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Tammy Litke is a Dallas area mom.  Blogging since 2008 she loves to watch movies, play video games, spend time in the kitchen, and go on Disney Cruises.  Between recipes and reviews you'll find many helpful and some just plain funny posts on her blog. Welcome, pull up a chair and stay for a while!

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Thursday
May202010

You Can Teach Shakespeare to Children

Shakespeare for children?!  What a lofty idea.  Yet Cass Foster and Lynn G. Johnson have found a way that not only teaches young minds about The Bard, but engages them while doing it too!

Shakespeare To Teach Or Not To Teach: A Teacher's Manual, can be used with elementary to high school students, and is suitable for use in classroom, drama club and homeschool settings.  Teachers and parents need not be anxious over teaching Shakespeare anymore.

Shakespeare To Teach Or Not To Teach, can be used in conjunction with any Shakespeare play, but works very well with Shakespeare For Children: The Story of Romeo and Juliet or one of the six productions in the Sixty-Minute Shakespeare series.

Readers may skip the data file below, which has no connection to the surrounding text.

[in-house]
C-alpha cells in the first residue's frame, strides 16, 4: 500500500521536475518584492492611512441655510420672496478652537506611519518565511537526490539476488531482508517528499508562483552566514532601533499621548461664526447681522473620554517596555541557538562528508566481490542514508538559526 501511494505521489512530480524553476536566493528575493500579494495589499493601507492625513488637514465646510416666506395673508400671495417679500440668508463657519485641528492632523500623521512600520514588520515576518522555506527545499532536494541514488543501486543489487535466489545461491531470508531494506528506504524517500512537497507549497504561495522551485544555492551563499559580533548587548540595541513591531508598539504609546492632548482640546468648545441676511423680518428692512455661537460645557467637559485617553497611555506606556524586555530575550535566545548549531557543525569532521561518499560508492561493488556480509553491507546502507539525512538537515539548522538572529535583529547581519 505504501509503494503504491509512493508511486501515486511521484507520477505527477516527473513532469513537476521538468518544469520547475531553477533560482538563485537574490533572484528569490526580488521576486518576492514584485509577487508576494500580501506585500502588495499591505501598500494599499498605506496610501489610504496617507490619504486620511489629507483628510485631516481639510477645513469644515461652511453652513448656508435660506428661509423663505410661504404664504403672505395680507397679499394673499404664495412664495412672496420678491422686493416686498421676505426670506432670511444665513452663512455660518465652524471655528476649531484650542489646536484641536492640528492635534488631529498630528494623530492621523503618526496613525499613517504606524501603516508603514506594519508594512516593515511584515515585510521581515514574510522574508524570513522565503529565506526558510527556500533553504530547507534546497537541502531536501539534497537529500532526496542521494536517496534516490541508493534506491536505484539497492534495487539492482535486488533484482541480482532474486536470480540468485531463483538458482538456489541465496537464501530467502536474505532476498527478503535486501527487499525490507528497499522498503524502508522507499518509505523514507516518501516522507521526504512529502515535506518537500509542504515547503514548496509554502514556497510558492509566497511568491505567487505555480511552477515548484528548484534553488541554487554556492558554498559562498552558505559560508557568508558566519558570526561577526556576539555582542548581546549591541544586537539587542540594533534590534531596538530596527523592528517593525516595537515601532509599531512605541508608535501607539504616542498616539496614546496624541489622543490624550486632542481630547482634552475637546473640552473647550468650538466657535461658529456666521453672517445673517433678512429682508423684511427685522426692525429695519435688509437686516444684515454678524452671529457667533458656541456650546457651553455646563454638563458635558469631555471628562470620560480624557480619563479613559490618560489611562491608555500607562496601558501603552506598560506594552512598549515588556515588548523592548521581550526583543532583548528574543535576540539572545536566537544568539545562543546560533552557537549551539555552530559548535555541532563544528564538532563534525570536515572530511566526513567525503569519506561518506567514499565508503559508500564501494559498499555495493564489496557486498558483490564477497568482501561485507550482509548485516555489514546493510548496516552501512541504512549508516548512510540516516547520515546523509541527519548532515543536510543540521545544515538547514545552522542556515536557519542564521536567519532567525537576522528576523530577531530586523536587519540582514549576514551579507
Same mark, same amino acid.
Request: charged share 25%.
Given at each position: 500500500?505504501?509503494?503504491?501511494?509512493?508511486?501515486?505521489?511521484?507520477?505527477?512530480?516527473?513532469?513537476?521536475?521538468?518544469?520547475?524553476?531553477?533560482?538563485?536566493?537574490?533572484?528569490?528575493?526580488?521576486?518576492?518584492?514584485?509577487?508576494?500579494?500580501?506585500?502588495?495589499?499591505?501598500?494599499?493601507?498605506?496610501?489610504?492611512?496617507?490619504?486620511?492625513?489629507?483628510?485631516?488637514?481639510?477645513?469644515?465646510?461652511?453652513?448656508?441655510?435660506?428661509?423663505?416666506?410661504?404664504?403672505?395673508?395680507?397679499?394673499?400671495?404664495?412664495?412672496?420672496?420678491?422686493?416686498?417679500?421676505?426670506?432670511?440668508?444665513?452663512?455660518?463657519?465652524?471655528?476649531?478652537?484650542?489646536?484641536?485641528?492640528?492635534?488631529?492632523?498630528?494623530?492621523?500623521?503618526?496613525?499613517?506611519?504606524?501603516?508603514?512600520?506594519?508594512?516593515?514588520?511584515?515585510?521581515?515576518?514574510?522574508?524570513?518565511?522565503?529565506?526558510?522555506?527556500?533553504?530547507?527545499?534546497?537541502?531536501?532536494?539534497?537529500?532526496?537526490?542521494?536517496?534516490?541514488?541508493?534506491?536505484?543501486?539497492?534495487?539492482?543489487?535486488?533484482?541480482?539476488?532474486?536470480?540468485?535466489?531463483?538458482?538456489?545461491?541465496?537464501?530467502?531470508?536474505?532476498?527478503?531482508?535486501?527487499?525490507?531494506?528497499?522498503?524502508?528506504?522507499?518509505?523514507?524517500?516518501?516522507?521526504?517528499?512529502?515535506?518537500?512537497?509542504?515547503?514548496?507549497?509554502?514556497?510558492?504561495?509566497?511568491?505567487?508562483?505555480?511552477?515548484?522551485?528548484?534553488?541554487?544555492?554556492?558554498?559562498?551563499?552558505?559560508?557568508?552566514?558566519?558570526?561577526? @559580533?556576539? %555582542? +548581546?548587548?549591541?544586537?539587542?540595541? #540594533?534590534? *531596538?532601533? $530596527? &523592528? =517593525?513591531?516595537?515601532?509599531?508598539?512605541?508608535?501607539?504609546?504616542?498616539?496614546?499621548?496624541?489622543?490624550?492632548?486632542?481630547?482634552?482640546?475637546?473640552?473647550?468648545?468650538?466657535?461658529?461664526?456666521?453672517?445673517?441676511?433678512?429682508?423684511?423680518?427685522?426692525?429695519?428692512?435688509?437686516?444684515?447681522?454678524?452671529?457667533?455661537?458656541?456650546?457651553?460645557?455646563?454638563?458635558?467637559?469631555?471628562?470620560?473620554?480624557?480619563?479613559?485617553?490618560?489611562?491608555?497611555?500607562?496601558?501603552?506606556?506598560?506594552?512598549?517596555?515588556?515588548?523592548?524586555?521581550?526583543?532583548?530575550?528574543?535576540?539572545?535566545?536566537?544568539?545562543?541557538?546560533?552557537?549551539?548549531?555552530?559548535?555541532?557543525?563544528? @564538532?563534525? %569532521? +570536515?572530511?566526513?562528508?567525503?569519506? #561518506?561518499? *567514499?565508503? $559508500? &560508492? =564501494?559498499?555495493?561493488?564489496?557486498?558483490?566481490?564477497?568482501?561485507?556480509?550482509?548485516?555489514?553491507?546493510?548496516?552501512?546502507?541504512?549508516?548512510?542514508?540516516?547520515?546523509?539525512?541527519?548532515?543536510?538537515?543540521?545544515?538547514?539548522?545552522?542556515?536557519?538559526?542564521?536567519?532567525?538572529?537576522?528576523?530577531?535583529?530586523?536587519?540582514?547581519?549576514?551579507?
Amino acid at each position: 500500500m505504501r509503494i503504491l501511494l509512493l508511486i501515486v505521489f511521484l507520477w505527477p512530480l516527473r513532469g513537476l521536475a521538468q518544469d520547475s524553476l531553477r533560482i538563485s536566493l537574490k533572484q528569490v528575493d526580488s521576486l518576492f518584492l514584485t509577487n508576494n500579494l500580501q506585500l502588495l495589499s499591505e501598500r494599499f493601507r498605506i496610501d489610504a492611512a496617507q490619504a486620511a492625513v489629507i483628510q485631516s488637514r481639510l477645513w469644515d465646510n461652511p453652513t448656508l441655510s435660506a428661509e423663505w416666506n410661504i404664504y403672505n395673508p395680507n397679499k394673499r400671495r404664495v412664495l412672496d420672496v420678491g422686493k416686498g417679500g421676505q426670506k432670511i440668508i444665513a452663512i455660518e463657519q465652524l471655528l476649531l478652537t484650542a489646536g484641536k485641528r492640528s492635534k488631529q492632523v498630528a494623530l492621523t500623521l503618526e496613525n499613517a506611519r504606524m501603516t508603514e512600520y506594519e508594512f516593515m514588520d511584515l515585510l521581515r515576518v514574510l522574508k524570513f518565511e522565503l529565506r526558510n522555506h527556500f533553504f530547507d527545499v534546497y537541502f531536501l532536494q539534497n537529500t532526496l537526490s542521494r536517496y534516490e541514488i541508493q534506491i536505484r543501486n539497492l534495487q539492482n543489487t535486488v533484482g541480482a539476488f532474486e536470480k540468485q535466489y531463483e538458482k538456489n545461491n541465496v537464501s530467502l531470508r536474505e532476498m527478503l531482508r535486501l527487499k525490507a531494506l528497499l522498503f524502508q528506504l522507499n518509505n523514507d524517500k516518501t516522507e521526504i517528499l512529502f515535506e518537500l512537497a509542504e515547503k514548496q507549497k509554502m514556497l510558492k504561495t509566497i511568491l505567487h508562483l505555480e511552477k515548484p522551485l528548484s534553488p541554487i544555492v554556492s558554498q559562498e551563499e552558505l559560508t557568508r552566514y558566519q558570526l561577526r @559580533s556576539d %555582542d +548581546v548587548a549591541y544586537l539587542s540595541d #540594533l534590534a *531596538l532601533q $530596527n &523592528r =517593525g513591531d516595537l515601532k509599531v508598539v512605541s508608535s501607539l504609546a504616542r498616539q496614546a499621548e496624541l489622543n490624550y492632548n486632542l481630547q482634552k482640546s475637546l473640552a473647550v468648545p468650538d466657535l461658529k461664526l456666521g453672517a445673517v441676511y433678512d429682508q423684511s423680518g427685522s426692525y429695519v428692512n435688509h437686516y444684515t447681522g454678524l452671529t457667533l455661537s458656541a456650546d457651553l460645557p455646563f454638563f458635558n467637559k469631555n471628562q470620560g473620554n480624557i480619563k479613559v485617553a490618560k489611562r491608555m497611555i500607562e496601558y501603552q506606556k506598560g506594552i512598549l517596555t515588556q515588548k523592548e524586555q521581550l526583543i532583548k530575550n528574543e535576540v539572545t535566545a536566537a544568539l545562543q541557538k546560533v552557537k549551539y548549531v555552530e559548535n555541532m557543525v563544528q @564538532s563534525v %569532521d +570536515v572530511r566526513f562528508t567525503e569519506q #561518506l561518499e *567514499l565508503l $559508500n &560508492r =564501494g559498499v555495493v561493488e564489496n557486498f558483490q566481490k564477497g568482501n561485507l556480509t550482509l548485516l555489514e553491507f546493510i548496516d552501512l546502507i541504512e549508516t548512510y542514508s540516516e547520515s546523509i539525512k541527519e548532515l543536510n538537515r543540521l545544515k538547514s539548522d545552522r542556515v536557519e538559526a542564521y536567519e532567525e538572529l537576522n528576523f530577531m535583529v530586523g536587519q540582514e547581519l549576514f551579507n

Beginning with basic information of Shakespeare, the time period (both his plays and when they were performed), what took place on and backstage in The Globe theater, To Teach Or Not To Teach puts the teacher at ease with the material and builds confidence to present Shakespeare to his or her students.

Without sacrificing the original language, Shakespeare For Children: The Story of Romeo and Juliet, breaks the story down to a level that elementary students can connect with.  While it is written to use with 3rd through 5th graders, I found it engaging and understandable without being a bit intimidating.

The Sixty-Minute Shakespeare series will allow middle and high school students to discover and love what made Shakespeare great.  Again, using original language but abridged so that it is not academically frightening for the students or the teacher.

To Teach Or Not To Teach provides excellent instructional ideas to make the plots and characters come alive for the students.  From just reading through the play, or acting it out to activities reaching past the typical Language Arts or English class assignments and crossing the core curriculum subjects.

After receiving these books and seeing their engaging and approachable style, this home educator is looking forward to teaching Shakespeare the next couple of years .

"I wrote this review as part of a blog campaign by Five Star Publications, Inc., and received samples in order to facilitate my candid review."

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